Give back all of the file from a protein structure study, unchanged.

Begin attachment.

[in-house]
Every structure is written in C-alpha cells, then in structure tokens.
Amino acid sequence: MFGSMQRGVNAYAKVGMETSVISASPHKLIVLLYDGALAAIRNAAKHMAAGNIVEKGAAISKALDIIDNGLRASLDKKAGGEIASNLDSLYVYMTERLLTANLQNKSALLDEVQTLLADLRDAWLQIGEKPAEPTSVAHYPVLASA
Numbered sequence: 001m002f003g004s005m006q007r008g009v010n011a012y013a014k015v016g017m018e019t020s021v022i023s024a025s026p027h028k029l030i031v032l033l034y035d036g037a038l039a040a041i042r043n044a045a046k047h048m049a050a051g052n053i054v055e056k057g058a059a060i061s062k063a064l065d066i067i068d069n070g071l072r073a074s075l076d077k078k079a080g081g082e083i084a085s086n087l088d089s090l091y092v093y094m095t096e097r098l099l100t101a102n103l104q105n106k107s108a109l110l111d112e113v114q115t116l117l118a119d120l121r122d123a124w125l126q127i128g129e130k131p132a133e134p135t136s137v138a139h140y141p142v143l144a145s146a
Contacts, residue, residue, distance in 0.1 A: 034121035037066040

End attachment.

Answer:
[in-house]
Every structure is written in C-alpha cells, then in structure tokens.
Amino acid sequence: MFGSMQRGVNAYAKVGMETSVISASPHKLIVLLYDGALAAIRNAAKHMAAGNIVEKGAAISKALDIIDNGLRASLDKKAGGEIASNLDSLYVYMTERLLTANLQNKSALLDEVQTLLADLRDAWLQIGEKPAEPTSVAHYPVLASA
Numbered sequence: 001m002f003g004s005m006q007r008g009v010n011a012y013a014k015v016g017m018e019t020s021v022i023s024a025s026p027h028k029l030i031v032l033l034y035d036g037a038l039a040a041i042r043n044a045a046k047h048m049a050a051g052n053i054v055e056k057g058a059a060i061s062k063a064l065d066i067i068d069n070g071l072r073a074s075l076d077k078k079a080g081g082e083i084a085s086n087l088d089s090l091y092v093y094m095t096e097r098l099l100t101a102n103l104q105n106k107s108a109l110l111d112e113v114q115t116l117l118a119d120l121r122d123a124w125l126q127i128g129e130k131p132a133e134p135t136s137v138a139h140y141p142v143l144a145s146a
Contacts, residue, residue, distance in 0.1 A: 034121035037066040